The Life of Wallace, the gallant and uncompromising champion of our national independence, will always be read with interest by every true-hearted Scotchman. Unfortunately, the details which have reached our day are neither so numerous nor so authentic as could be wished upon so important a subject. With the exception of those more distinguished exploits by which Edward the First's government in Scotland was first shaken, and finally overturned, and which, accordingly, occupy a prominent place in the legitimate history of the period, the personal career of the Scottish hero is involved in considerable obscurity. Some of our ancient chroniclers, indeed, have recorded various strange adventures, in which Wallace is said to have been engaged, and national tradition has preserved the memory of others; but the evident exaggeration, or, as sometimes happens, the manifest absurdities of such legends, have destroyed their authority. Under these circumstances, judgment to discriminate, as well as industrious research, are indispensable to a biographer. The latter qualification Mr Carrick possesses in an eminent degree; he has also proved, in more instances than one, that he is by no means deficient in the former, though his plan of a popular biography does not bind him down to the strict rules by which the historian is fettered. We do not mean to say that the biographer is at liberty to depart from truth in his statements, any more than the general historian ; but the former may very properly attach importance to the traditions of the country, to strong probabilities, and to documents not strictly of historical authority, though their admission might aftect the credit of the graver annalist. Our author, accordingly, where other authority is deficient, has sometimes adopted without scruple the statements of Blind Harry's narrative; and when the anecdotes recorded are characteristic of the actors and the times, we think he is fairly entitled to do so. No doubt, the Minstrel is partial to his hero, and to his countrymen in general; his facts are, probably, in many instances greatly exaggerated, and his colouring, if not that of a poet, is often enough that of a zealous party-man; yet, as he professes to adhere strictly to a narrative written by Wallace's chaplain and friend, John Blair, and this, too, at a time when it must have been easy to detect any imposition by collating the Scottish version with the Latin original, we think that they are not a little unreasonable who insist upon our throwing aside the work of Harry as altogether an idle romance, whose statements are of no value. We conceive our author has made a very judicious use of the much-abused Minstrel's delightful work, and that he has not claimed for it a higher authority than it is fairly entitled to.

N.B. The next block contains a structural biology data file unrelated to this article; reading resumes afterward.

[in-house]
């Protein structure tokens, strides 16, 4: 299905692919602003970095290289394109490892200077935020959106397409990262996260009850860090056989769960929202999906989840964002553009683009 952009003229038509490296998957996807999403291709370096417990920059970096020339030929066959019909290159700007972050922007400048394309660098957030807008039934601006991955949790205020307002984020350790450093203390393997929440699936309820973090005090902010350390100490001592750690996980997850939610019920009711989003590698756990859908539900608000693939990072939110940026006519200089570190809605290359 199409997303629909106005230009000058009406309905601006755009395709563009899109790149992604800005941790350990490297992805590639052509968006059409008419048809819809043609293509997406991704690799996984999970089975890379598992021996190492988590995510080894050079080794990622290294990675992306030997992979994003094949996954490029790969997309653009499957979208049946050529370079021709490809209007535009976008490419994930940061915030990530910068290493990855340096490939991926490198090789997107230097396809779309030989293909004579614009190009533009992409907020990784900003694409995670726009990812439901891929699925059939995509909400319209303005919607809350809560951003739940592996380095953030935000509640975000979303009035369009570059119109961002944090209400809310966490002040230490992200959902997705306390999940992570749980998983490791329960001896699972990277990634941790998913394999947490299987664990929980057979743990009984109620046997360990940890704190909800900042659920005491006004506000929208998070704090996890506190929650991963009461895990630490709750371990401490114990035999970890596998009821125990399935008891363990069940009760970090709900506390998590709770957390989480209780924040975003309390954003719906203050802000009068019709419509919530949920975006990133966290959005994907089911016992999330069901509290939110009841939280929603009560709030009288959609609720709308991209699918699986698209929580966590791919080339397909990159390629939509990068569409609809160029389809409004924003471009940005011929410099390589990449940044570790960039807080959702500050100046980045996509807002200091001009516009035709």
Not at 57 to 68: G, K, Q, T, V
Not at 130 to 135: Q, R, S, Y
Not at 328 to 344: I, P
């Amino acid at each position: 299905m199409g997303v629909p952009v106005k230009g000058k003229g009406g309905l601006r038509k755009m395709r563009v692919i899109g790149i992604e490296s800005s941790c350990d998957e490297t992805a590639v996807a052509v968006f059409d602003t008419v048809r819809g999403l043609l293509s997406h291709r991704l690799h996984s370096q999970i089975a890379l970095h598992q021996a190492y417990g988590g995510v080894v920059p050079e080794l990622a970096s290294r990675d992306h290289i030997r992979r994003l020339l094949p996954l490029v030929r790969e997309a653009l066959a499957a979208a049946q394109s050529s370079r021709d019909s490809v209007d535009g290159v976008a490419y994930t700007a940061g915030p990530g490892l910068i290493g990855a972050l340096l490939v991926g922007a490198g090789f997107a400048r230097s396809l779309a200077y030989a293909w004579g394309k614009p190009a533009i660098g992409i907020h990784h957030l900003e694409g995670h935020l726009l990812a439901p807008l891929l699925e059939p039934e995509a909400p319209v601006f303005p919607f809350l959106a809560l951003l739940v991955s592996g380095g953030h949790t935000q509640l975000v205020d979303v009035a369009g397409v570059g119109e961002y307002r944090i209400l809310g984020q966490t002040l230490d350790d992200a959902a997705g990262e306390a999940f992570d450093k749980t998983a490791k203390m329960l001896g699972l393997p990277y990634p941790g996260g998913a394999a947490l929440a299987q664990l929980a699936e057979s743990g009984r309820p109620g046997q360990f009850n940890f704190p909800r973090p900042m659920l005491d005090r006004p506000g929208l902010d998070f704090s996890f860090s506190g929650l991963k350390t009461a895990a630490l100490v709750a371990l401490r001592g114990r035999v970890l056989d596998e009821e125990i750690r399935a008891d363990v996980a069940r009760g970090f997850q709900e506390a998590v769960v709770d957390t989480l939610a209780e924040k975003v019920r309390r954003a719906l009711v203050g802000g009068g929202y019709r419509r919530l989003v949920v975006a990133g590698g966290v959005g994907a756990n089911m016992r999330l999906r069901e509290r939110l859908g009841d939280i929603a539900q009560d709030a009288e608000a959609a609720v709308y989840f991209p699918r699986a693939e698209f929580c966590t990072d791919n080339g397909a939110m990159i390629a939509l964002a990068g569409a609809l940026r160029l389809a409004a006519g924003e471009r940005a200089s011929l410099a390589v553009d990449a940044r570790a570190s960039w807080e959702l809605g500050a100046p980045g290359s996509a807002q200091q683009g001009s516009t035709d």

With regard to local tradition, also, we are of opinion


To sink an argosy.

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that its evidence ought not to be rashly rejected. But, “ Thus fell this great and exemplary patriot, a martyr ta while we believe that it seldom, perhaps never, is with the rights and independence of his country, than whom, if out a foundation in truth, we acknowledge that it is ex

we consider his extraordinary personal and mental endor. tremely apt to exaggerate, extenuate, alter, and misrepre- of liberty, a greater hero is not to be found in the annals of

ments, joined to his inextinguishable and disinterested love sent particular circumstances. Its evidence must, there